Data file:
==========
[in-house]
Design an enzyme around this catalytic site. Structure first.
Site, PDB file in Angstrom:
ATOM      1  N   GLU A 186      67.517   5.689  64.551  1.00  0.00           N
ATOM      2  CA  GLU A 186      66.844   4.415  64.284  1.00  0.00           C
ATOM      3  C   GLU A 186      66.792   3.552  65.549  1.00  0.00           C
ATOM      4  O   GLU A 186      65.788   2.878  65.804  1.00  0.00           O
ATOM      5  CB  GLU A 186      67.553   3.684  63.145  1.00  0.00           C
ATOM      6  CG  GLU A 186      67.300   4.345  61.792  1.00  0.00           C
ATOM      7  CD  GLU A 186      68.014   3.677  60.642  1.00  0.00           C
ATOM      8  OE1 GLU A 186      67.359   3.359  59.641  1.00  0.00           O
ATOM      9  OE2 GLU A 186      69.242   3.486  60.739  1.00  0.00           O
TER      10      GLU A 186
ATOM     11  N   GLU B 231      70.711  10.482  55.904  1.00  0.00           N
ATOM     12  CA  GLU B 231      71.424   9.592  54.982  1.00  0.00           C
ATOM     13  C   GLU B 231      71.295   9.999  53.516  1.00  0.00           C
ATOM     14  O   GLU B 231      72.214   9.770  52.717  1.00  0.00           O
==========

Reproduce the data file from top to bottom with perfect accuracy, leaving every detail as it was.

[in-house]
Design an enzyme around this catalytic site. Structure first.
Site, PDB file in Angstrom:
ATOM      1  N   GLU A 186      67.517   5.689  64.551  1.00  0.00           N
ATOM      2  CA  GLU A 186      66.844   4.415  64.284  1.00  0.00           C
ATOM      3  C   GLU A 186      66.792   3.552  65.549  1.00  0.00           C
ATOM      4  O   GLU A 186      65.788   2.878  65.804  1.00  0.00           O
ATOM      5  CB  GLU A 186      67.553   3.684  63.145  1.00  0.00           C
ATOM      6  CG  GLU A 186      67.300   4.345  61.792  1.00  0.00           C
ATOM      7  CD  GLU A 186      68.014   3.677  60.642  1.00  0.00           C
ATOM      8  OE1 GLU A 186      67.359   3.359  59.641  1.00  0.00           O
ATOM      9  OE2 GLU A 186      69.242   3.486  60.739  1.00  0.00           O
TER      10      GLU A 186
ATOM     11  N   GLU B 231      70.711  10.482  55.904  1.00  0.00           N
ATOM     12  CA  GLU B 231      71.424   9.592  54.982  1.00  0.00           C
ATOM     13  C   GLU B 231      71.295   9.999  53.516  1.00  0.00           C
ATOM     14  O   GLU B 231      72.214   9.770  52.717  1.00  0.00           O